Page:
Sleep and daytime sleepiness in adolescents with and without ADHD: differences across ratings, daily diary, and actigraphy

Sleep and daytime sleepiness in adolescents with and without ADHD: differences across ratings, daily diary, and actigraphy


Becker SP, Langberg JM, Eadeh HM, Isaacson PA, Bourchtein E. J Child Psychol Psychiatry. 2019 Apr 29. doi: 10.1111/jcpp.13061.


Commentary* by Dr. Margaret Weiss: Strong methodological study demonstrating the importance of sleep problems in adolescents with ADHD.



BACKGROUND: Children with attention-deficit/hyperactivity disorder (ADHD) experience greater sleep problems than their peers. Although adolescence is generally a developmental period characterized by insufficient sleep, few studies have used a multi-informant, multi-method design, to examine whether sleep differs in adolescents with and without ADHD.


METHODS: Targeted recruitment was used to enroll an approximately equal number of eighth-grade adolescents (mean age = 13 years) with (n = 162) and without ADHD (n = 140). Adolescents and parents completed global ratings of sleep problems; adolescents, parents, and teachers completed ratings of daytime sleepiness. Adolescents wore actigraphs and completed a daily sleep diary for approximately 2 weeks.


RESULTS: Adolescents with ADHD were more likely than adolescents without ADHD to obtain insufficient sleep on school days (per diary) and weekends (per diary and actigraphy). Adolescents with ADHD were also more likely to report falling asleep in class and to have stayed up all night at least twice in the previous 2 weeks (14% and 5% reported all-nighters for ADHD and comparison, respectively). In regression analyses controlling for a number of variables known to impact sleep (e.g. pubertal development, sex, medication use, having an externalizing, anxiety, or depression diagnosis), ADHD remained associated with shorter diary and actigraphy school night sleep duration, adolescent- and parent-reported daytime sleepiness, and parent-reported difficulties initiating and maintaining sleep and total sleep disturbance. Controlling for other variables, the odds of being classified with clinically elevated parent-reported sleep disturbance were 6.20 times greater for adolescents with ADHD.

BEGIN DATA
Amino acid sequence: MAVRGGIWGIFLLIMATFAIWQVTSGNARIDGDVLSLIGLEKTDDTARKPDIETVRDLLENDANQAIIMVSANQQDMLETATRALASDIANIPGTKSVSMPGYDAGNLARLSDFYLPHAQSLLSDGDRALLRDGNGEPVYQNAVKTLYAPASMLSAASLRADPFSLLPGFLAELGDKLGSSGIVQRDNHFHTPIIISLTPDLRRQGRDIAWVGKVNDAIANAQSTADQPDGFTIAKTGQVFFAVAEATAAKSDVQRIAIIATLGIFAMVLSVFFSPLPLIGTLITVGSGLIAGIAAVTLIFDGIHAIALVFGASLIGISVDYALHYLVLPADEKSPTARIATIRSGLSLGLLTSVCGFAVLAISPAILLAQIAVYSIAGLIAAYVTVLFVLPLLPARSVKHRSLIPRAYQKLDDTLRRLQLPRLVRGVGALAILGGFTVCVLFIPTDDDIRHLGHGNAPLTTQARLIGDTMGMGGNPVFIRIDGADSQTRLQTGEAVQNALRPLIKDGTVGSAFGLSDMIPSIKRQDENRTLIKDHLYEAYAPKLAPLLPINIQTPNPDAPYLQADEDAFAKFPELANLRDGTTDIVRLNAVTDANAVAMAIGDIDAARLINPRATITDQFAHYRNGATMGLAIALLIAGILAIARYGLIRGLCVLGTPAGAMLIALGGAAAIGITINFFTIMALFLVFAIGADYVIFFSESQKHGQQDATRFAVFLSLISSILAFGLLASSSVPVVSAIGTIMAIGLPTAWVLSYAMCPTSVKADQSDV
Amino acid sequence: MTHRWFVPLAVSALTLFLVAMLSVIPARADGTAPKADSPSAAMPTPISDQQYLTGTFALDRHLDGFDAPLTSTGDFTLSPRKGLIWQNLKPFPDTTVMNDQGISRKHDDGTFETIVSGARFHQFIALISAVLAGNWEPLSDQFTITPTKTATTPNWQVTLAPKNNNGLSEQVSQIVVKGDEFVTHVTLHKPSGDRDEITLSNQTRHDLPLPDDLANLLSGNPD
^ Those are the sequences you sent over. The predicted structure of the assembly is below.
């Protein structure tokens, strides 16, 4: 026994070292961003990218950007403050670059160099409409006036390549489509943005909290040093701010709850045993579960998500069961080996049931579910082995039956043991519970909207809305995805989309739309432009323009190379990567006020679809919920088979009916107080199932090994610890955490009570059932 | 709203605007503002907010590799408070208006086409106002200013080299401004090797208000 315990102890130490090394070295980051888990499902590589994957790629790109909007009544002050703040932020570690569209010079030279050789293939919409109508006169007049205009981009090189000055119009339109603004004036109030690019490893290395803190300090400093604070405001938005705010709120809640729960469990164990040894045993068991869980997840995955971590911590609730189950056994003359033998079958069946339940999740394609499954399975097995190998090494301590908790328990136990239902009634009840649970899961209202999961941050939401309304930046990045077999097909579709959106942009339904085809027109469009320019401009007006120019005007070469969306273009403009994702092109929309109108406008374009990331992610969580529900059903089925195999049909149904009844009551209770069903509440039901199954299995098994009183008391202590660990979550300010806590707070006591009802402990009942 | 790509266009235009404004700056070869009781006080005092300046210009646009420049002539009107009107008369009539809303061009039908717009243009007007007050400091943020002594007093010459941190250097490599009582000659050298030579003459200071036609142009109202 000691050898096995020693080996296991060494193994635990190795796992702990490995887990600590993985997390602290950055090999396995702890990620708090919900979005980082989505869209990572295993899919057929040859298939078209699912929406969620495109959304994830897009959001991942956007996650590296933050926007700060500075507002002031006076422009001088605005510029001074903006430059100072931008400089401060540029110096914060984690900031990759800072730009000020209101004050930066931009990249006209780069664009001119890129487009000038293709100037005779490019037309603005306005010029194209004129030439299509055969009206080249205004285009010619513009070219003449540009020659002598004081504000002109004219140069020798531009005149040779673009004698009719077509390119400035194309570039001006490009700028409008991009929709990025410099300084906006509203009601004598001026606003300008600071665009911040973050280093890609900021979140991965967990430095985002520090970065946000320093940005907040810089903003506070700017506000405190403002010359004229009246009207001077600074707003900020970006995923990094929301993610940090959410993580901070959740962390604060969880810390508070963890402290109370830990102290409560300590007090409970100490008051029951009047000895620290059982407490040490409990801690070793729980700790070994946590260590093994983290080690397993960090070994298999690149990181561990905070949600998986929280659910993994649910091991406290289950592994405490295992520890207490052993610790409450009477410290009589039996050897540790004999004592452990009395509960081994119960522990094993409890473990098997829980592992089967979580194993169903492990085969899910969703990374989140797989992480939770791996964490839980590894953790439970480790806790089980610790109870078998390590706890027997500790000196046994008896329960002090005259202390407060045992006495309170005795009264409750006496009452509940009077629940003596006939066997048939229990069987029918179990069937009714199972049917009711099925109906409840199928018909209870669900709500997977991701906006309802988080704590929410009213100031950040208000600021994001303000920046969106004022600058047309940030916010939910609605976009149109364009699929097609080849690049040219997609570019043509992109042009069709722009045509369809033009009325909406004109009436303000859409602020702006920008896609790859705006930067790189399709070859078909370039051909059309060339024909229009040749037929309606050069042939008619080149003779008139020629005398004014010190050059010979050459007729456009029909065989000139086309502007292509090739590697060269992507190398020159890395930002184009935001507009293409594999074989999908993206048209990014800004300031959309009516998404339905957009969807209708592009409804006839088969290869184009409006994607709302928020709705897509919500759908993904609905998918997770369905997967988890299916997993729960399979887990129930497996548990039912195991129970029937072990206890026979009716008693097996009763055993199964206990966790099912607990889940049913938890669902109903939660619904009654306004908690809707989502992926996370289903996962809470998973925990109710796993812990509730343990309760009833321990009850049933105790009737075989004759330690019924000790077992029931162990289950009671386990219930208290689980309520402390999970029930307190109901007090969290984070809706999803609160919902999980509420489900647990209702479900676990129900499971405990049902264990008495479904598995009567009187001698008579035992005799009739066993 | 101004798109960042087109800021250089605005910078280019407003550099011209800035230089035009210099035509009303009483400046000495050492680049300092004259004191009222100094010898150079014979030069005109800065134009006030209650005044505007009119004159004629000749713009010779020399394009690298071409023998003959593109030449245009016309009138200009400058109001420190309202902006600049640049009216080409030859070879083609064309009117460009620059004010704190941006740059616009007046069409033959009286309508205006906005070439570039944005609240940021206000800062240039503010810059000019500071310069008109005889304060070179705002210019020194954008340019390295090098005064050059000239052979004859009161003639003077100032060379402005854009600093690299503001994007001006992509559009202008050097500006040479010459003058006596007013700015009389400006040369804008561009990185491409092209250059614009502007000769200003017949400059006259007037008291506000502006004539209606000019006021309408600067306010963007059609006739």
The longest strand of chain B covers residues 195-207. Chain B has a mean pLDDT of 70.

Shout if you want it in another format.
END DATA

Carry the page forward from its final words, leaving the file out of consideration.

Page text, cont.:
CONCLUSIONS: Findings provide some of the clearest evidence yet that adolescents with ADHD experience more sleep problems and sleepiness than their peers without ADHD. It may be especially important to assess for sleep problems in adolescents with ADHD and to evaluate whether existing sleep interventions are effective, or can be optimized, for use in adolescents with ADHD who also have sleep problems.


* Abstracts are selected for their clinical relevance by Dr. Margaret Weiss, Director of Clinical Research, Child Psychiatry, Cambridge Health Alliance, Harvard University. Her commentary reflects her own opinion, is not approved, or necessarily representative, of the opinion of the CADDRA board.

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